Save DivX or Xvid Encoded Files to DVD Media
Downloaded a movie or video file from the Internet and want to share it or watch it on a standard TV? This article shows you how.
DVDFlick is a free, open-source Windows application able to convert downloaded DivX, Xvid, and other popular formats to a DVD image file. This image may then be burned to DVD for playback on your PC or in a standard DVD player on your full-sized TV. Although the application is free, if you find the software useful, you should consider making a donation to the project.
DVDFlick can be downloaded here.
The version we grabbed was 184.108.40.206. This was approximately a 16 megabyte download.
In this step-through, we’ll look at converting a sample movie file found on the internet. Ninety-minute movies are often found encoded (or more accurately, transcoded) to files that are about 700 to 1,200 megabytes, and thirty-minute shows are about 250 to 300 megabytes. Our objective here is to convert a 703 megabyte DivX-encoded .avi file to DVD format and then burn it to a DVD-R.
This movie probably originated from a DVD or VCR recording and was then converted to DivX format to reduce the file size for sharing or for local storage. This produced some diminishment in video and sound quality, and converting it back to DVD will further degrade the end result. Fortunately, DivX is very good at retaining the important parts of the original source, so our DVD should be adequate for watching on TV.
DVDFlick has features for more advanced DVD authoring like adding a commentary, menus, multiple titles on one DVD, and subtitles. These advanced capabilities are not hard to master, but here we’ll try to keep it simple.
This is what the application looks like at first run. (Click for a larger image.)
Starting out is really easy. Just drag and drop your movie file in .avi, .mpg, or any host of other file formats (find the full list here), directly onto the application’s center grey space. All the files that make up the resulting DVD are part of a DVDFlick “Project." In this example, we added a movie called “SampleMovie.avi" by dragging it and dropping it. Here’s what it looked like.
The next step is to click the “Project Settings" button to bring up this dialog.
On the first tab, we imaginatively entered “Sample Movie" as the project title. Target size was left at 4.3 gigabytes, which is the standard “DVD-5" format commonly found in stores in the US.
On the video tab, we left the target format as NTSC, which is used in DVD players in the Americas.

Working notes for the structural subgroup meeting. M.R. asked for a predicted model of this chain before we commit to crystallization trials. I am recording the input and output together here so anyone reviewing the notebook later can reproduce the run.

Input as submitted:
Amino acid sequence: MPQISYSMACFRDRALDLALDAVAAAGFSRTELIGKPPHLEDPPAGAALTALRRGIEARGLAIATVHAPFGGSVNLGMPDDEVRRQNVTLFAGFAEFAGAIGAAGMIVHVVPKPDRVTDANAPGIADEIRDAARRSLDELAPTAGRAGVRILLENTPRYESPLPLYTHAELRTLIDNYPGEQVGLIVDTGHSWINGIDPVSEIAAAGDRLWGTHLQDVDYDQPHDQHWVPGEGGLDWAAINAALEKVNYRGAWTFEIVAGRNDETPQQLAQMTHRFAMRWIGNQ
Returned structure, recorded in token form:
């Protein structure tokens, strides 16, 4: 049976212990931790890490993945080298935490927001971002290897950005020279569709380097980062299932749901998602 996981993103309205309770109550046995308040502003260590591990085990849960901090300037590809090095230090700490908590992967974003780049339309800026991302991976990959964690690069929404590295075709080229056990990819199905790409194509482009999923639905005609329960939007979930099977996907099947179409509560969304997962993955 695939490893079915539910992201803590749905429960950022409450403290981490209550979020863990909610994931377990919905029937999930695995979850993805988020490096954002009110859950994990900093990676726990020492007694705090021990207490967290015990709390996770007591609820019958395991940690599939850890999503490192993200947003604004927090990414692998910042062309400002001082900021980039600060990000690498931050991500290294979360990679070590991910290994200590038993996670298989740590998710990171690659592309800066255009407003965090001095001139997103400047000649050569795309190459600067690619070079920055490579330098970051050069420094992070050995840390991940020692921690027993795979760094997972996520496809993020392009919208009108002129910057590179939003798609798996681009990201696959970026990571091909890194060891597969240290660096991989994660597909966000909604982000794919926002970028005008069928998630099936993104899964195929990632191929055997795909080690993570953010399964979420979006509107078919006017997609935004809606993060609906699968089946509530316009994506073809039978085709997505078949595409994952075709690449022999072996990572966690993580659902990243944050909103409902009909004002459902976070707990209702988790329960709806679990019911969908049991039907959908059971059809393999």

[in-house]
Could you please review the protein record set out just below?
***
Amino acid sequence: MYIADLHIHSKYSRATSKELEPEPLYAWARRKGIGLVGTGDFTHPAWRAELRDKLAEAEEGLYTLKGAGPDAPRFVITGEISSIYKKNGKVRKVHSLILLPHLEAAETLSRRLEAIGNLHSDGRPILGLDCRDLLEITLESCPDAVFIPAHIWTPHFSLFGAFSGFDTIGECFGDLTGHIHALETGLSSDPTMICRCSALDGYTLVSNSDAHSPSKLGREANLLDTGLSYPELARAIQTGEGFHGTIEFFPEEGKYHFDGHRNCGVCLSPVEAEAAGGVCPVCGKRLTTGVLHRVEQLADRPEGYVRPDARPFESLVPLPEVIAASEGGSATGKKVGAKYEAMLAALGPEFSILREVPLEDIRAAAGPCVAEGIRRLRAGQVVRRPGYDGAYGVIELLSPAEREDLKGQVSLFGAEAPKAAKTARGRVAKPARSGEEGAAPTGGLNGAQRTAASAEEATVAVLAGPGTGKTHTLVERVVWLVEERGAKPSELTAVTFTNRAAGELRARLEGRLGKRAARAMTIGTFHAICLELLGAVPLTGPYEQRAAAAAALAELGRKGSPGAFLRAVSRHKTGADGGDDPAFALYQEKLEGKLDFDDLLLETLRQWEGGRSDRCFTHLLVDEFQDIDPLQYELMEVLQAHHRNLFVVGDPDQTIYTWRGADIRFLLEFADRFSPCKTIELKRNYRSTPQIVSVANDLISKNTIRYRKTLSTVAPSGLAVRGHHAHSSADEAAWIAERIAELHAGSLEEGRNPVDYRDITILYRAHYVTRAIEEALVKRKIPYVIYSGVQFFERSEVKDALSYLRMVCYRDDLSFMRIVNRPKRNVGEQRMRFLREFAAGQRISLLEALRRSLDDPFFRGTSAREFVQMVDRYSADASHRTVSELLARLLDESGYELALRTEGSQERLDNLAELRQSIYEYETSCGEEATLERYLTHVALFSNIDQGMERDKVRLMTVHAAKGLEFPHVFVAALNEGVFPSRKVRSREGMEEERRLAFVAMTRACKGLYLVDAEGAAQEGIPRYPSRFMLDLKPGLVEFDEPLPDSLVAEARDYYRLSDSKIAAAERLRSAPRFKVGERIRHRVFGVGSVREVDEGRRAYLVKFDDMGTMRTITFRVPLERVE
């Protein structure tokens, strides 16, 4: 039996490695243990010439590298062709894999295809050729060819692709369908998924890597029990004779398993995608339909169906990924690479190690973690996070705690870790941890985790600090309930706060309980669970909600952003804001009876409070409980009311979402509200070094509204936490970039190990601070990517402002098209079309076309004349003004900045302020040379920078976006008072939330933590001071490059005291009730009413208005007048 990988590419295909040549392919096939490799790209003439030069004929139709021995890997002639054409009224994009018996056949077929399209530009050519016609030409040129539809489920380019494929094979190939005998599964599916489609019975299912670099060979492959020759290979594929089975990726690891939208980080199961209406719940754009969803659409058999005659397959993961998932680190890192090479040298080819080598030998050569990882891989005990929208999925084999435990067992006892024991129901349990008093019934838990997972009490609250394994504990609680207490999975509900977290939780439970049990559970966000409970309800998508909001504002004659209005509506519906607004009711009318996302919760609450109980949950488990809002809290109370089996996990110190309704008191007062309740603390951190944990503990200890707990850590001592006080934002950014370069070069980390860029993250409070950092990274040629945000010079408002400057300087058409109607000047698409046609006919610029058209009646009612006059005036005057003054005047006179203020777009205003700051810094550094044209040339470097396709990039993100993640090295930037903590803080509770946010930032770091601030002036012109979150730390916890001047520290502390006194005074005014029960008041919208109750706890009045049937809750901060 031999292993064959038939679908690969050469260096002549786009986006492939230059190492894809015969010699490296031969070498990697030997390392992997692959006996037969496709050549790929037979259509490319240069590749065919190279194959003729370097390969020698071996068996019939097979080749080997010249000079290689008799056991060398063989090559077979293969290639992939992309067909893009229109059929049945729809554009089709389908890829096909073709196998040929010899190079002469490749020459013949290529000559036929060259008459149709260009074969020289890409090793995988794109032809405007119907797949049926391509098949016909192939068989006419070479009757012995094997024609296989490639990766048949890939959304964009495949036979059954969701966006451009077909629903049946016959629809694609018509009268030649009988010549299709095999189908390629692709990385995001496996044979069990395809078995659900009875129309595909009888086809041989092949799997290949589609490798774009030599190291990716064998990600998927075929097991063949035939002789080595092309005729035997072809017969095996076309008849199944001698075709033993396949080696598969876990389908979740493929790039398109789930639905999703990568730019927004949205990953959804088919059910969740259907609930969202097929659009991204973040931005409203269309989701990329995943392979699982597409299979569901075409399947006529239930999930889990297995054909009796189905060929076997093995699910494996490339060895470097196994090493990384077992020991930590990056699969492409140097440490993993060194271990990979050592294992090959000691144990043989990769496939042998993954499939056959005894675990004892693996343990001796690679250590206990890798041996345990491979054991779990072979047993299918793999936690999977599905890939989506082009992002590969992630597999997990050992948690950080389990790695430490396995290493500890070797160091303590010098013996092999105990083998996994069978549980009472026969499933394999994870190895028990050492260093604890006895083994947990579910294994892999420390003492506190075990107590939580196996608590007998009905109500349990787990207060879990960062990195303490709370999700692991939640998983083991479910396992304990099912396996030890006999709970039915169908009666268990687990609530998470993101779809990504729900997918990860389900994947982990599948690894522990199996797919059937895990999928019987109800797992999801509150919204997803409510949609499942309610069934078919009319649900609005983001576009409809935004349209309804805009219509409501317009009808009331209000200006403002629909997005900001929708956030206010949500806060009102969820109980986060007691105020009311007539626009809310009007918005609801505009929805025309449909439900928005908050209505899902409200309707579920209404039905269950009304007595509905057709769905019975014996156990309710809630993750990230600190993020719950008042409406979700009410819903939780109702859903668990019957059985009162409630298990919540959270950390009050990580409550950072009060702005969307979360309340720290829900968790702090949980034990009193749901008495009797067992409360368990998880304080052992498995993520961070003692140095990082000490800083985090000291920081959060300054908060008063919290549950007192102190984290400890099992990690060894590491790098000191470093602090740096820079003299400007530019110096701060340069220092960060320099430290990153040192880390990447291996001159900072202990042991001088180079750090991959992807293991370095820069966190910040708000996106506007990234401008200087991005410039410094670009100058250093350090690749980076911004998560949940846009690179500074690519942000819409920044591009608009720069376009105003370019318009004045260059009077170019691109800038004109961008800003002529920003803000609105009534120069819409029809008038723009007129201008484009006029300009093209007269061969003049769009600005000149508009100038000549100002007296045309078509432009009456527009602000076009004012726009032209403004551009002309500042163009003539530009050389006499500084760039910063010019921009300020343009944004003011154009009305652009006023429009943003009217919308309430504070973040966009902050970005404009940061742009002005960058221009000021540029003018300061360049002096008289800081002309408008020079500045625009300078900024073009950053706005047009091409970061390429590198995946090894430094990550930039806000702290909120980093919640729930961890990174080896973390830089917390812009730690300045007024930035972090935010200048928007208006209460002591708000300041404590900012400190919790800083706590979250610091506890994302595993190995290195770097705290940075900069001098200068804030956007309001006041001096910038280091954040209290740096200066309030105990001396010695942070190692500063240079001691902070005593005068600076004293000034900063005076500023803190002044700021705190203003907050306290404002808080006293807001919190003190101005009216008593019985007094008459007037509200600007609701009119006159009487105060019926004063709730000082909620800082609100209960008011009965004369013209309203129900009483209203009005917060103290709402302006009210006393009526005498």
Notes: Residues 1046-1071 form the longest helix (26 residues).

Finally, on the “Burning" tab, we checked “Burn project to disc" and entered a name for the disc itself. This is the disc label that will show up in Windows File Explorer when the disc is opened on a PC.
At this point, the summary section of DVDFlick's main window showed
- Total duration: 1:35:55 hours
- Average bitrate: 6095 Kbits/s
- Harddisk space required 11,385 Mbs
We were now ready to try burning the disc. Clicking “Create DVD" brings up a dialog that says, “The project will be burnt to disc after it has finished encoding. Please sure there is a blank disc in the recorder drive you selected." After another confirmation dialog, DVDFlick starts the encoding.
The steps involved are
- Prepare files
- Encode video
- Encode audio
- Combine sources
- Add subtitles
- Author DVD
DVDFlick ran for one hour, twelve minutes, and fifty-four seconds. After that, it started ImgBurn to “build" the DVD image (.iso file) from the video files (.vob files) that DVDFlick created. The actual burn lasted about nine minutes, and closing ImgBurn caused DVDFlick to return a “Finished" message.
So how did it work? Ejecting and reintroducing the DVD started Power DVD Deluxe on this system. Since no menu was selected, it launched right into the movie. Viewed on the PC and then in a conventional (cheap, durable) DVD player and television, we would estimate that the end result has about 80% of the quality of the original movie. The conversion rendered titles and faces very well, but backgrounds like walls, buildings, and sky made it evident that some extensive compression had taken place. This compression was presumably in the original encoding from the source (DVD or video tape) to DivX. This is understandable since this file started out as a DVD movie or VCR movie, was compressed down to about 700 MB, and then expanded back to a 4.7 GB DVD.
While certainly not of any better quality than the original DivX-encoded video, the quality was fine for viewing with the family VCR and getting the video file off of the PC and onto the television screen.
Note: DVDFlick works best with ImgBurn, which is a popular, free, light-weight DVD burner application. Although DVDFlick works automatically with ImgBurn to create the DVD, you can also choose to set up your Project to create the ISO DVD-image file and stop. Then you can use any compatible burning application (such as Nero Burning ROM) to create the DVD.
Images: Screen shots by the author
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